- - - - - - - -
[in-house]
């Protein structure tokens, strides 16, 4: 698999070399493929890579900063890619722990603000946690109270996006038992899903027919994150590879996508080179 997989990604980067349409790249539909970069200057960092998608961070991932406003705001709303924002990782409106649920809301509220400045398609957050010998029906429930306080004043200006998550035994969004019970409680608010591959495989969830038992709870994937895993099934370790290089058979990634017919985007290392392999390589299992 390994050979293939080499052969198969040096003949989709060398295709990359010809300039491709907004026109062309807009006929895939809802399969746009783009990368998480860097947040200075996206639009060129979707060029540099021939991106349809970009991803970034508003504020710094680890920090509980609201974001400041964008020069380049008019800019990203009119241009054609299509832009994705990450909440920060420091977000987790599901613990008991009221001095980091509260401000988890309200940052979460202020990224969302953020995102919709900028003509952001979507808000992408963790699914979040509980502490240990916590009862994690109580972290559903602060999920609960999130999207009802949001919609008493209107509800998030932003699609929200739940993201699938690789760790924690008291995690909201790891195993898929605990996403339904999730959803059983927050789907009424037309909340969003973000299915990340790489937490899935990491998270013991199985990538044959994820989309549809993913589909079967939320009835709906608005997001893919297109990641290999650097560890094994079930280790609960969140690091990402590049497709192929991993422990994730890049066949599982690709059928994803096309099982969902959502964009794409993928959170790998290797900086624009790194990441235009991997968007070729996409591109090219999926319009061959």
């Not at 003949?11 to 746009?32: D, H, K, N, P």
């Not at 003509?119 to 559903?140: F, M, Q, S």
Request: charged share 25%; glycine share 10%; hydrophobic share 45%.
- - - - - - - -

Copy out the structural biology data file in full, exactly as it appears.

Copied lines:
[in-house]
């Protein structure tokens, strides 16, 4: 698999070399493929890579900063890619722990603000946690109270996006038992899903027919994150590879996508080179 997989990604980067349409790249539909970069200057960092998608961070991932406003705001709303924002990782409106649920809301509220400045398609957050010998029906429930306080004043200006998550035994969004019970409680608010591959495989969830038992709870994937895993099934370790290089058979990634017919985007290392392999390589299992 390994050979293939080499052969198969040096003949989709060398295709990359010809300039491709907004026109062309807009006929895939809802399969746009783009990368998480860097947040200075996206639009060129979707060029540099021939991106349809970009991803970034508003504020710094680890920090509980609201974001400041964008020069380049008019800019990203009119241009054609299509832009994705990450909440920060420091977000987790599901613990008991009221001095980091509260401000988890309200940052979460202020990224969302953020995102919709900028003509952001979507808000992408963790699914979040509980502490240990916590009862994690109580972290559903602060999920609960999130999207009802949001919609008493209107509800998030932003699609929200739940993201699938690789760790924690008291995690909201790891195993898929605990996403339904999730959803059983927050789907009424037309909340969003973000299915990340790489937490899935990491998270013991199985990538044959994820989309549809993913589909079967939320009835709906608005997001893919297109990641290999650097560890094994079930280790609960969140690091990402590049497709192929991993422990994730890049066949599982690709059928994803096309099982969902959502964009794409993928959170790998290797900086624009790194990441235009991997968007070729996409591109090219999926319009061959």
């Not at 003949?11 to 746009?32: D, H, K, N, P």
């Not at 003509?119 to 559903?140: F, M, Q, S």
Request: charged share 25%; glycine share 10%; hydrophobic share 45%.